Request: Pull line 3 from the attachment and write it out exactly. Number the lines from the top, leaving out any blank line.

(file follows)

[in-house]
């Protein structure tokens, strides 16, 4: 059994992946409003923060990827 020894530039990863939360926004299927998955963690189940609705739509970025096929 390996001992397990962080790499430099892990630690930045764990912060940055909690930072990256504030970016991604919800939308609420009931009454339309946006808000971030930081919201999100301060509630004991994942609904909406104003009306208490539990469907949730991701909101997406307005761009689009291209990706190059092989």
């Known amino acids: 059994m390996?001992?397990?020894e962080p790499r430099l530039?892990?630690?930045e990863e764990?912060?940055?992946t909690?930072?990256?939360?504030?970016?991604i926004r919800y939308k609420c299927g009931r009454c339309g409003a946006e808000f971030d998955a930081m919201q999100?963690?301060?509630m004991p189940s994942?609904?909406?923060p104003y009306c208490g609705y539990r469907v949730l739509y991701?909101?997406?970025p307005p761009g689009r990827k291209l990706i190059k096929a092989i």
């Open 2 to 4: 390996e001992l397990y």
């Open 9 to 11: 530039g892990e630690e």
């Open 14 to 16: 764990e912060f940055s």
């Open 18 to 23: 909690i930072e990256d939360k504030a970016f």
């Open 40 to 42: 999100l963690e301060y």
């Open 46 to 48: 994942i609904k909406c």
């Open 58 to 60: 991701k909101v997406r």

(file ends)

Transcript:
């Known amino acids: 059994m390996?001992?397990?020894e962080p790499r430099l530039?892990?630690?930045e990863e764990?912060?940055?992946t909690?930072?990256?939360?504030?970016?991604i926004r919800y939308k609420c299927g009931r009454c339309g409003a946006e808000f971030d998955a930081m919201q999100?963690?301060?509630m004991p189940s994942?609904?909406?923060p104003y009306c208490g609705y539990r469907v949730l739509y991701?909101?997406?970025p307005p761009g689009r990827k291209l990706i190059k096929a092989i």